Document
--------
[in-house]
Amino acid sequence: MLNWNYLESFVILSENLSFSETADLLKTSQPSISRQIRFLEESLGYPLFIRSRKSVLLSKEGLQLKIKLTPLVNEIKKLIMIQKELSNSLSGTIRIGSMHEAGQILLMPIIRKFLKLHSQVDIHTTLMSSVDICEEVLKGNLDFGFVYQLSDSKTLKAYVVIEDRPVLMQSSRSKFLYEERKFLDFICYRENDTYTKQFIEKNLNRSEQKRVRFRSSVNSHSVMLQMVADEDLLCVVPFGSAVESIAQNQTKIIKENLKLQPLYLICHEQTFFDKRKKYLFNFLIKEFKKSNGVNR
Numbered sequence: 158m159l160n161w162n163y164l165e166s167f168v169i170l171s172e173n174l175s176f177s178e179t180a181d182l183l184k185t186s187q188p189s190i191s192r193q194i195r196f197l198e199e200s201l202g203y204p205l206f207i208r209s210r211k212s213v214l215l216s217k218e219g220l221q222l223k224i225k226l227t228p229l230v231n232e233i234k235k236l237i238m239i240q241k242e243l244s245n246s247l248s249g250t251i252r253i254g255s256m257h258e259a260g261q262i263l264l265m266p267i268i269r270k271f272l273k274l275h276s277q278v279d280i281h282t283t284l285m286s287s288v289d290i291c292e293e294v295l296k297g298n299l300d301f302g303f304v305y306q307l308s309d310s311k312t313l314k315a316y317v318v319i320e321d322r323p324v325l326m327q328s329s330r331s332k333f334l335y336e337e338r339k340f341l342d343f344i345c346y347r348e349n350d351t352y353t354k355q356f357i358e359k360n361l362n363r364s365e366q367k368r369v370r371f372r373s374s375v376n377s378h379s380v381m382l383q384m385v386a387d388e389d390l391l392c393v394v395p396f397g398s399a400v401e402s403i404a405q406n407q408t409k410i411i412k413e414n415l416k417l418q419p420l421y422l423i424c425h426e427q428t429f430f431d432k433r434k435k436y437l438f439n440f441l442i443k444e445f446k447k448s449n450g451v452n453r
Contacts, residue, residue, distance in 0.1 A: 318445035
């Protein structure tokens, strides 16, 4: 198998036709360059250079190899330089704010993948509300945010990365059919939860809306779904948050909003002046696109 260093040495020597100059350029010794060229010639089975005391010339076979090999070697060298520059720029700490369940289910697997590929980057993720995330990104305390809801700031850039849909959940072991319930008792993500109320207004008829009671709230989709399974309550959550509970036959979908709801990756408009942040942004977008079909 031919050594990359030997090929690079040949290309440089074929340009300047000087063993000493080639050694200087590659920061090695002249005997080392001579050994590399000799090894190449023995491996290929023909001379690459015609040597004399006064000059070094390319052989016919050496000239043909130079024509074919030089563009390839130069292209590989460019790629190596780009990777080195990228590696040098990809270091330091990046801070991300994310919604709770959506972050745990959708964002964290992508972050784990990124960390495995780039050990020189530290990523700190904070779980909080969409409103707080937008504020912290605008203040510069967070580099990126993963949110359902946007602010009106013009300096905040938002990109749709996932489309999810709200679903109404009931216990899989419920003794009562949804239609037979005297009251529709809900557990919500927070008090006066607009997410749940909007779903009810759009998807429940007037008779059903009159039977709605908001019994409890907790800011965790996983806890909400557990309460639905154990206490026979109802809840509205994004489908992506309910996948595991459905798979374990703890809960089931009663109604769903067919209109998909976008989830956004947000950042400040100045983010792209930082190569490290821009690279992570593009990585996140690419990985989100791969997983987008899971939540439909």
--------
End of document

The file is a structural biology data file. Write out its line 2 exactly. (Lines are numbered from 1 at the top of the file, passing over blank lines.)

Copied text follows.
Amino acid sequence: MLNWNYLESFVILSENLSFSETADLLKTSQPSISRQIRFLEESLGYPLFIRSRKSVLLSKEGLQLKIKLTPLVNEIKKLIMIQKELSNSLSGTIRIGSMHEAGQILLMPIIRKFLKLHSQVDIHTTLMSSVDICEEVLKGNLDFGFVYQLSDSKTLKAYVVIEDRPVLMQSSRSKFLYEERKFLDFICYRENDTYTKQFIEKNLNRSEQKRVRFRSSVNSHSVMLQMVADEDLLCVVPFGSAVESIAQNQTKIIKENLKLQPLYLICHEQTFFDKRKKYLFNFLIKEFKKSNGVNR